My grandfather Griffith Llewellyn Williams was born on this day one hundred years ago in North Sydney. At that time the two sides of the harbour were only connected by water transport: the Sydney Harbour Bridge started construction in 1923 when he was ten, and opened in 1932.
His parents, the Melburnian Beatrice and Welsh-born Griffith were both new to Sydney. She had returned to Australia in late 1911 after five years of exhibition swimming and diving in the UK where she had met her husband-to-be, and he had arrived independently (it would seem) by March 1912, and they were married in Redfern in April.
It is not clear how why they decided on Sydney when Beatrice had strong family roots in Melbourne, but there is evidence that they did spend some time living there when my grandfather was a child. I have a letter from Griffith Sr written on the Sydney-Melbourne train in May 1913, addressed to “my darling wife & baby & Mam” - the latter I presume to be Beatrice’s mother, the widowed Sophia Kerr who had chaperoned her daughter to England and back, and was yet to embark on her final three marriages.
At some point the family ended up in the Bondi Beach area of Sydney and his father became a distributor for the Edison Phonograph Company. Now I know very little about the location or details of this (I eagerly await gentle suggestions from my uncles), but I read from a list of Edison’s companies:
This coincides quite neatly with Griffith Sr’s arrival in Australia and the period up to his early death (cancer?) in 1937. He was also an alderman on Waverley Council from 1925-1931, and the golf-course Williams Park at North Bondi is named for him.
My grandfather, Griffith Jr or “Llyn” as he was known was a very good student and apparently topped NSW in the state School Leaving Certificate. One of his school chums (Sir) Asher Joel became a well known parliamentarian. Llyn went on to Sydney University to study medicine but the harsh economic climate of the Depression saw that direction closed off to him and he spent some time digging ditches. He confessed to me that he could never wrap his head around biochemistry anyway.
He married my grandmother in 1936 (described in her centenary post) and son number one arrived in 1937, although I’m not sure if Griffith Sr ever got to see his first grandchild. Both of my grandparents were an only child, but seemed to have had no problem raising a large family through difficult war years and beyond.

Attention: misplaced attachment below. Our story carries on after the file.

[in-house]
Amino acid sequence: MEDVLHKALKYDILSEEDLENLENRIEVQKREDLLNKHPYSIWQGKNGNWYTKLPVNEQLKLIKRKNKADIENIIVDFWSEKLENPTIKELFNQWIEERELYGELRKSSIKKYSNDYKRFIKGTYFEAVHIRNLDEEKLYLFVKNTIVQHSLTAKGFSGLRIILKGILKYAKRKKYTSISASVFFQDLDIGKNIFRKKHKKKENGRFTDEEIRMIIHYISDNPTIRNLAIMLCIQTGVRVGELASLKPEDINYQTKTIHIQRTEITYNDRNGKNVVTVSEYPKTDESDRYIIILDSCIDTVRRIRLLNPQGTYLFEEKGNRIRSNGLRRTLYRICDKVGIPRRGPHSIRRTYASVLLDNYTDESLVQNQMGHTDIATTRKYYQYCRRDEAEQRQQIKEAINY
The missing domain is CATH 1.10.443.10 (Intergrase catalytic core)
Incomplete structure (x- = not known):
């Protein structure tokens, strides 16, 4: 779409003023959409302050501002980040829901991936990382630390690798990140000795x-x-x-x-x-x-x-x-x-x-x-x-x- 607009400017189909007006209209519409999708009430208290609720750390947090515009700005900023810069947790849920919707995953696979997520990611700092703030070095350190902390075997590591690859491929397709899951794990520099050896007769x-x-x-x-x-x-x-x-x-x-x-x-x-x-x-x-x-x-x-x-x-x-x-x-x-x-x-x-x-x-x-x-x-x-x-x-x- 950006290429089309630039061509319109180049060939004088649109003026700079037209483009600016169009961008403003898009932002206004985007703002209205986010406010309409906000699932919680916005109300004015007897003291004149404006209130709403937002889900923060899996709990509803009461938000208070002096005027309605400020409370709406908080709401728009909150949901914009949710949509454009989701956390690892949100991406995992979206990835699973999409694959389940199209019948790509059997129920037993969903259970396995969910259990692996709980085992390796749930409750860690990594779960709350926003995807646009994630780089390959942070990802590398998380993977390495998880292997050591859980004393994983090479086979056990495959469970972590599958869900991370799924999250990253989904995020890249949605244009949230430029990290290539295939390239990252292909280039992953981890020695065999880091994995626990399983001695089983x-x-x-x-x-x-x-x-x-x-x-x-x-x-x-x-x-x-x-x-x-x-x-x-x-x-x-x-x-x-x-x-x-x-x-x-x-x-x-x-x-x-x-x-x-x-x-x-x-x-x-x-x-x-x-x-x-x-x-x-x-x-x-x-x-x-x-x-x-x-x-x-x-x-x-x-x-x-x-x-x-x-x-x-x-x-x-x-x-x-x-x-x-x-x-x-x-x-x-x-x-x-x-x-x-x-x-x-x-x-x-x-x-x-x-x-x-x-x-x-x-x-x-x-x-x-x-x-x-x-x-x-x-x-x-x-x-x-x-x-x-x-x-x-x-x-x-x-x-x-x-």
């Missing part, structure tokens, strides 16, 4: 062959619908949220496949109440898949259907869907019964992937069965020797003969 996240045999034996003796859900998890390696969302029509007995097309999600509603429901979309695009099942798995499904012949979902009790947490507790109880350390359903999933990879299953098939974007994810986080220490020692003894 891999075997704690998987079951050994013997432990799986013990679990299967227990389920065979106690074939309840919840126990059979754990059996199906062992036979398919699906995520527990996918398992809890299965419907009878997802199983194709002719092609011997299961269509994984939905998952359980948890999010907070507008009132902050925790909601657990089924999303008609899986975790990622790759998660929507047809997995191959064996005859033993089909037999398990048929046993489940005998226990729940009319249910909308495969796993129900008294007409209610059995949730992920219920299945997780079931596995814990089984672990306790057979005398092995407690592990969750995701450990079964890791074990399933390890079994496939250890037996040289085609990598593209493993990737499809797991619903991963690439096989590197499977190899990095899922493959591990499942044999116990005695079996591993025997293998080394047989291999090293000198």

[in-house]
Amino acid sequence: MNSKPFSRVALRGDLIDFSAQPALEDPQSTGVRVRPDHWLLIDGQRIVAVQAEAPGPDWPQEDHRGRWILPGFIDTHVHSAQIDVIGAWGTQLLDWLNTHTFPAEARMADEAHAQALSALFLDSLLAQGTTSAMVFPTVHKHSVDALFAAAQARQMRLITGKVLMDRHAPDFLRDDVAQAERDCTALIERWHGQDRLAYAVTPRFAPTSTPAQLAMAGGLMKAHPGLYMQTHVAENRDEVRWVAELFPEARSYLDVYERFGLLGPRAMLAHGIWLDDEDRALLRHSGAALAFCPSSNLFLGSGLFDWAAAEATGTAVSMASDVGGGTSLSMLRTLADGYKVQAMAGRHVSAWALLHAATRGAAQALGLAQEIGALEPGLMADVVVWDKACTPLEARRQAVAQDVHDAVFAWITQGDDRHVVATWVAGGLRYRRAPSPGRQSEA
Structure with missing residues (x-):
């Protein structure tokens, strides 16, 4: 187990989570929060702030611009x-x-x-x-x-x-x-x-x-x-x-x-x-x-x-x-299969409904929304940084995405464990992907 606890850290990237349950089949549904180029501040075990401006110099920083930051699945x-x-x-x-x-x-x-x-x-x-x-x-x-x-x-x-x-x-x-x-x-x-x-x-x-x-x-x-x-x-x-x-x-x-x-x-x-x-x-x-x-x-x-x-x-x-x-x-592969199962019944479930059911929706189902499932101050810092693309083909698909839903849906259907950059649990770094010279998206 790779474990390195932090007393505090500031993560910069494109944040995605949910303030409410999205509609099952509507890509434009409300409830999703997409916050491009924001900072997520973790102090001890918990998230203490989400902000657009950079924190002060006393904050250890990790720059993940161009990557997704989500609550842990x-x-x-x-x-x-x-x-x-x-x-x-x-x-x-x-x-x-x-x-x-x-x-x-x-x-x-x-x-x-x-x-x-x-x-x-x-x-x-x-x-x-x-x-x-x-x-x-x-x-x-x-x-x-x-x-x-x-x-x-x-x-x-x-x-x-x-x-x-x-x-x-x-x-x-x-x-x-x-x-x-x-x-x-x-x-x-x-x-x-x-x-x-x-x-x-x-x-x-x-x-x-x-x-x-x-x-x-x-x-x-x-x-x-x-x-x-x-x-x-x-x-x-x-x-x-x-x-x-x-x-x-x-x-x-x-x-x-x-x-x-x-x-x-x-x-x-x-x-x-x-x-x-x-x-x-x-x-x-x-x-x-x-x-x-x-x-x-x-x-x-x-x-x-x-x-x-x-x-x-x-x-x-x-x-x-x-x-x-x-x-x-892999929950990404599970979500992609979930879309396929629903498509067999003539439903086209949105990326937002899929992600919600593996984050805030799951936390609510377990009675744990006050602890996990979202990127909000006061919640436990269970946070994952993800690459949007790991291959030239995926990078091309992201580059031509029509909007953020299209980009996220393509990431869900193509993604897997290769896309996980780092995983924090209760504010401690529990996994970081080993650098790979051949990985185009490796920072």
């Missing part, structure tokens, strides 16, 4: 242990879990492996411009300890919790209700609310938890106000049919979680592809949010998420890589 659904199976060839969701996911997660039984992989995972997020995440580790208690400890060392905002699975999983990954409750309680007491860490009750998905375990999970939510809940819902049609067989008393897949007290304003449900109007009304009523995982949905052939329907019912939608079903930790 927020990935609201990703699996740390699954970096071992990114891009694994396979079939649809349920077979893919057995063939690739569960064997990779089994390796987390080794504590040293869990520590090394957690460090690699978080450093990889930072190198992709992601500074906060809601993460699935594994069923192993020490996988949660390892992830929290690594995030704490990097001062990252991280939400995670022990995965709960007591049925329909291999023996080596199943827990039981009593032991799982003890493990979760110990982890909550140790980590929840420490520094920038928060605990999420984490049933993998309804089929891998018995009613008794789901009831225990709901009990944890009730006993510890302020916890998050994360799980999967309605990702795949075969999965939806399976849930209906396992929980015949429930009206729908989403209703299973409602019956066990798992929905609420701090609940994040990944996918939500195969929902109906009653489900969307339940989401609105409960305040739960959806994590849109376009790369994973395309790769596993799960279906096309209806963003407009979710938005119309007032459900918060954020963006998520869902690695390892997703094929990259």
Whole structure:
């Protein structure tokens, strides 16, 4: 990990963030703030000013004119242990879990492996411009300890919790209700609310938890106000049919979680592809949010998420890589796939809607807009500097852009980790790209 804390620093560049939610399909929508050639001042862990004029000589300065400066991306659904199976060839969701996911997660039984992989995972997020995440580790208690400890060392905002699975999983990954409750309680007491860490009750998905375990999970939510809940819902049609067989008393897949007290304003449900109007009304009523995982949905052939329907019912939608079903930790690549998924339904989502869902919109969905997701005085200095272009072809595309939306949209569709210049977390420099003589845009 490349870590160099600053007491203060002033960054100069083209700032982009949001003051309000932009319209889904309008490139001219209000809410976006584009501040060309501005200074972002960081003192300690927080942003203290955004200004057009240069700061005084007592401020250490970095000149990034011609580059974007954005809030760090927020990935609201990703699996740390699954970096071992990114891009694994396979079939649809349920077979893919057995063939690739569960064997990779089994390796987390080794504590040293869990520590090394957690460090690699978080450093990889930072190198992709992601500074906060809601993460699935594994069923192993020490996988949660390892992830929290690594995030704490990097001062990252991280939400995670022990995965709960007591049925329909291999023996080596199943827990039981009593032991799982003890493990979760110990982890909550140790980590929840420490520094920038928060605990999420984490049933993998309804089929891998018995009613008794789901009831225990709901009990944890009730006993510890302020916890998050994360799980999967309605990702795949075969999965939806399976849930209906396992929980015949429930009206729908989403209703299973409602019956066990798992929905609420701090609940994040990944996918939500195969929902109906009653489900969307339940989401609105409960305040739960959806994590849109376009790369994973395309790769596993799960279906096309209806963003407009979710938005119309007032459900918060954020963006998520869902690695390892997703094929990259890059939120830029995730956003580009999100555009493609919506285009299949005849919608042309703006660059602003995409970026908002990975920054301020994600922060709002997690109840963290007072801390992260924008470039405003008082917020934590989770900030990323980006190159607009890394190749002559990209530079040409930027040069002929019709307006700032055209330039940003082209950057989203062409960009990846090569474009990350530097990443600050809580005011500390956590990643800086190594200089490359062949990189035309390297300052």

Llyn worked for the NSW Fisheries Department as an inspector, and took his young and quickly growing family up and down the coast over the years – Brooklyn, Macksville, (Nambucca Heads?, ??) – enabling all the children to be well exposed to the coastal joys of swimming and sailing.
When my father left school, Llyn took him to get a job at the bank "because he would get a coal allowance”. In later years when my father was working his way through the ranks of various small inland branches of the CBC bank, he introduced his father to golf. Apparently Llyn scored a hole in one on his first game, and while this enabled him to claim that the game couldn’t be that difficult, he did become part of the large golfing clique within the family. I didn’t share so much enthusiasm for the game, yet I remember a day on Mona Vale golf course when the club pro came out to fix us up for equipment. When he paged “Mr Williams” at least seven of us responded.
Llyn’s last posting before he retired was as inspector for the Sydney Fish Market. My father said that the family got to eat so much confiscated fish during his childhood that he could no longer face seafood – and so I don’t think I ever had anything more exotic than fish fingers for most of mine.
I don’t remember ever spending much time alone with him away from the rest of the family. From early years I gave him the name “Pipe” although I don’t remember him smoking one – perhaps I just couldn’t get “Pop” right. We did have one night together as the family representatives at the launch of an exhibition at the State Library commemorating his mother’s swimming career.
He passed quickly in 1992, ten weeks’ short of his 80th birthday, in the Dee Why unit where I’d visited them so many times. Although he could be rather gruff, I cannot remember a stern word directed to me. With so many children and grandchildren he had opted for the safe and very charming memory strategy of calling everyone “dear”. Supposedly he was once pulled over in his car by a policeman, wound down the window and asked “what have I done dear?”
As always there are so many questions and conversations that could have been put and had. I’m under the impression that he knew very little about his father’s Welsh background, although Beatrice used to talk it up by saying that he was descended from Llewellyn, the last true prince of Wales. ( However, before chasing that lineage back six hundred years, we run into a problem of an unknown paternity for her father-in-law. Oops. )